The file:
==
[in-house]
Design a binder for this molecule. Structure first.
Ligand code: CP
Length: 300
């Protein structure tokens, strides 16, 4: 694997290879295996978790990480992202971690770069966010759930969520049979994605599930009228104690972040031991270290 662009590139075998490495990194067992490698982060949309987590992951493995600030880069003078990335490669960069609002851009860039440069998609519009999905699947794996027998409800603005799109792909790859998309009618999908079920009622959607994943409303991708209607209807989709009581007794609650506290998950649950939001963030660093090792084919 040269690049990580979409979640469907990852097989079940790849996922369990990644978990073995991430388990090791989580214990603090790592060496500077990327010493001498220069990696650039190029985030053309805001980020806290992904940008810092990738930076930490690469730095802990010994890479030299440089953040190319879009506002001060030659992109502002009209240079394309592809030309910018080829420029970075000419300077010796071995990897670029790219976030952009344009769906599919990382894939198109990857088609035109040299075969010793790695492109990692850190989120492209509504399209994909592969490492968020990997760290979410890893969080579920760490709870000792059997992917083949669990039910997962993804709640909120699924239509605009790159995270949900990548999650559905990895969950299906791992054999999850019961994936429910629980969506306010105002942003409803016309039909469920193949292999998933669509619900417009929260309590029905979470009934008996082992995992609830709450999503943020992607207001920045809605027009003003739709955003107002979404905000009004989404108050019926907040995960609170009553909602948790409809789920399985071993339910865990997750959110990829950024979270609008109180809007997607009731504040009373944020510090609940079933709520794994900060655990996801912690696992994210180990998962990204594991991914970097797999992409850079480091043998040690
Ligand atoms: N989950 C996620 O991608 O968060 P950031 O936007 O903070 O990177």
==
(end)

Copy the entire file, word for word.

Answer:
[in-house]
Design a binder for this molecule. Structure first.
Ligand code: CP
Length: 300
């Protein structure tokens, strides 16, 4: 694997290879295996978790990480992202971690770069966010759930969520049979994605599930009228104690972040031991270290 662009590139075998490495990194067992490698982060949309987590992951493995600030880069003078990335490669960069609002851009860039440069998609519009999905699947794996027998409800603005799109792909790859998309009618999908079920009622959607994943409303991708209607209807989709009581007794609650506290998950649950939001963030660093090792084919 040269690049990580979409979640469907990852097989079940790849996922369990990644978990073995991430388990090791989580214990603090790592060496500077990327010493001498220069990696650039190029985030053309805001980020806290992904940008810092990738930076930490690469730095802990010994890479030299440089953040190319879009506002001060030659992109502002009209240079394309592809030309910018080829420029970075000419300077010796071995990897670029790219976030952009344009769906599919990382894939198109990857088609035109040299075969010793790695492109990692850190989120492209509504399209994909592969490492968020990997760290979410890893969080579920760490709870000792059997992917083949669990039910997962993804709640909120699924239509605009790159995270949900990548999650559905990895969950299906791992054999999850019961994936429910629980969506306010105002942003409803016309039909469920193949292999998933669509619900417009929260309590029905979470009934008996082992995992609830709450999503943020992607207001920045809605027009003003739709955003107002979404905000009004989404108050019926907040995960609170009553909602948790409809789920399985071993339910865990997750959110990829950024979270609008109180809007997607009731504040009373944020510090609940079933709520794994900060655990996801912690696992994210180990998962990204594991991914970097797999992409850079480091043998040690
Ligand atoms: N989950 C996620 O991608 O968060 P950031 O936007 O903070 O990177």